Companies are made up of people primarily rather than machines. A comment which may seem banal but which in actual fact implies something very specific: full knowledge of accounting and management methods is not enough for a real understanding of a company. It takes much more. Humanities and social sciences, grouped together under a single umbrella, are also required. History, psychology, anthropology and sociology, just to give a few examples. All these disciplines have something to contribute to the understanding of the mechanisms whereby companies are born, grow, live and, very often in certain circumstances, die.
This moreover is inevitable given that mankind, in every period of history, has made “production” a fundamental part of human life. Corporate culture, in other words, is true culture and therefore can also been seen with the tools of those who actually study culture in the field.
Those rare occasions when it is possible to grasp a collective understanding of how much social sciences can tell us about companies are therefore important.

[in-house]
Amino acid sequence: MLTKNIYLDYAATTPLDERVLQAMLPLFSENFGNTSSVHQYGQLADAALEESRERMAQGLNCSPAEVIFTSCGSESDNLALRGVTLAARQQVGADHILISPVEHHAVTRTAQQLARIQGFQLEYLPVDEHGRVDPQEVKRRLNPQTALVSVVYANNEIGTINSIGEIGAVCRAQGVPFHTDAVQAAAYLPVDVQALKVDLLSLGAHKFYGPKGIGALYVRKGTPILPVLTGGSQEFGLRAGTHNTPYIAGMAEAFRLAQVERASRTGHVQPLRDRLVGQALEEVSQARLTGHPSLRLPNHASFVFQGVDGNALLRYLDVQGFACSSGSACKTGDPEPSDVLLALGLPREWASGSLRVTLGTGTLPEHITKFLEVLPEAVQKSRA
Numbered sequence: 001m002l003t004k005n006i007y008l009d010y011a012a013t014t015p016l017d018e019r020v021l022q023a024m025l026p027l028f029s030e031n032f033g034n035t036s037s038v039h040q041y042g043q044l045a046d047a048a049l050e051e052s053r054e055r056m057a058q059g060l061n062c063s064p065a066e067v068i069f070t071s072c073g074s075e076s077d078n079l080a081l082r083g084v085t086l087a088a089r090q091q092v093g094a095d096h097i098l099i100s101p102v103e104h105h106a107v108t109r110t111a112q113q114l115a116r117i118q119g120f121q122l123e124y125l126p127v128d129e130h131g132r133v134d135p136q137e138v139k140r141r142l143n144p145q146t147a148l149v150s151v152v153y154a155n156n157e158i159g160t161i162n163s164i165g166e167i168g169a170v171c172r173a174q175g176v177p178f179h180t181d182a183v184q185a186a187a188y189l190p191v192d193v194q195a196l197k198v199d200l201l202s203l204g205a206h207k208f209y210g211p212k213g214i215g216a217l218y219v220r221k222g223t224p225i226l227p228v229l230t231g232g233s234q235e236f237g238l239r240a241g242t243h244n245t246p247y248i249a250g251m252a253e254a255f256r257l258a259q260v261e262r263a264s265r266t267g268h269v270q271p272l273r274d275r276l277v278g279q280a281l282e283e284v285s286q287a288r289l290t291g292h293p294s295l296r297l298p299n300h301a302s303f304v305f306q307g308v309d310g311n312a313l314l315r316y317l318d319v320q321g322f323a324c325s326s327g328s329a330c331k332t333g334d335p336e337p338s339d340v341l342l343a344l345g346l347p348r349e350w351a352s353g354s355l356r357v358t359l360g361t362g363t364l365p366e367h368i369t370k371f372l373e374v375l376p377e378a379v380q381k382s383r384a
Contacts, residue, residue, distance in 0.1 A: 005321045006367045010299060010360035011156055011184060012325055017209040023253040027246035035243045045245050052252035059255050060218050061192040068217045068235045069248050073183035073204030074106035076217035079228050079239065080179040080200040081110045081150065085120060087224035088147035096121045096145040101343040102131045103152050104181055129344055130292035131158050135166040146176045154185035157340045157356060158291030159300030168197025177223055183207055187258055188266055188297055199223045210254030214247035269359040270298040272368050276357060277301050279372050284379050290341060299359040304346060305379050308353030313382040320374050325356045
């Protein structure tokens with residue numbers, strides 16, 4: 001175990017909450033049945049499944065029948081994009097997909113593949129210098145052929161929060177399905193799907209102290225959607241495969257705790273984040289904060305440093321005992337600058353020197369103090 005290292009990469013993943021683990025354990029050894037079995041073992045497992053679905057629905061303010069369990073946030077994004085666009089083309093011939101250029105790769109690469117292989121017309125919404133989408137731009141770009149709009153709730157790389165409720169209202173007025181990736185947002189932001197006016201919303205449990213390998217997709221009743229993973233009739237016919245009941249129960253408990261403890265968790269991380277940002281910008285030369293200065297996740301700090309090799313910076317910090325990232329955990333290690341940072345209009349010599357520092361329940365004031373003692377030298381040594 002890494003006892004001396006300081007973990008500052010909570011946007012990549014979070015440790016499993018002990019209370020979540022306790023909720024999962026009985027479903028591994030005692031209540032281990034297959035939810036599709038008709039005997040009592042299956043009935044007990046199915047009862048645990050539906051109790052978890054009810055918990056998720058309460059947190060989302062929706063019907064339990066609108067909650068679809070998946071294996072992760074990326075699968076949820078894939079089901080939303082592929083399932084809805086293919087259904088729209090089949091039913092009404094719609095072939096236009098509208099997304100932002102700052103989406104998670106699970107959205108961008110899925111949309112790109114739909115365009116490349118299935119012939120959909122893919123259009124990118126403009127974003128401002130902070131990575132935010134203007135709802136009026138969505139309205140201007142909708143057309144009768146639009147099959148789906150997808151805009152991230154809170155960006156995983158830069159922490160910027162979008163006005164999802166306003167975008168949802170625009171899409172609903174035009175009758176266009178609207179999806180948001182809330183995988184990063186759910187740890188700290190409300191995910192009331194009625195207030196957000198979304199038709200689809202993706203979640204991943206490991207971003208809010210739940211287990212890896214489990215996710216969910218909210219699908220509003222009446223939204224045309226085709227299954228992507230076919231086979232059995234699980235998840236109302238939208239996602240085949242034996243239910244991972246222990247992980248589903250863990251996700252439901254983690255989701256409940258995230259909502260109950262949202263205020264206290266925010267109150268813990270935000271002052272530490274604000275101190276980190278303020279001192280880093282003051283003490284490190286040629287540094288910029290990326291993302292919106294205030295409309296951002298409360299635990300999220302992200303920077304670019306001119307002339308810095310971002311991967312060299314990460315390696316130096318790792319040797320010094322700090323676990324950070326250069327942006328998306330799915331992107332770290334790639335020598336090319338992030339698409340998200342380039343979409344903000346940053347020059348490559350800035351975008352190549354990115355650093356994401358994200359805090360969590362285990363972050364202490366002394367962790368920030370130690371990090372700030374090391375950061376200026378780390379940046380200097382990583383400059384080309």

This is the case with edition 3 (1) spring 2014 of the Journal of Business Anthropology, a sort of special edition containing a set of history and anthropology treatises on the theme of business.
Opinions: Business History and Anthropology is a sort of container of snapshots capturing a moment in complex corporate or business life from an unusual standpoint. Consideration is therefore taken of corporate practices, the changes in business with respect to markets and production technologies and the historical and anthropological interpretation of the legal aspects of corporate management. All this in order to succeed in defining how anthropology and history give a better understanding of the working of modern-day companies and, above all, the nature of human behaviour inside them, with tools other than the classic balance sheets but instead those, equally classic yet decidedly unusual for modern companies, of research in the field of anthropology. The study of a corporate set-up from the legal and anthropological viewpoint is interesting, as also the indications which emerge from application of the categories of analysis of a company taken from social sciences and which are normally applied to other situations and not production.
The authors are some of the most notable exponents of anthropology and history from US and European research centres: from Harvard to the Johns Hopkins University, the École Polytechnique in Paris to the Copenhagen Business School and many others.
The Journal of Business Anthropology thus reaches an important objective: in just over 70 pages it sums up a sort of compendium in stages, a travel guide for discovering business people and producers.
Opinions: Business History and Anthropology
Journal of Business Anthropology, 3(1), Spring 2014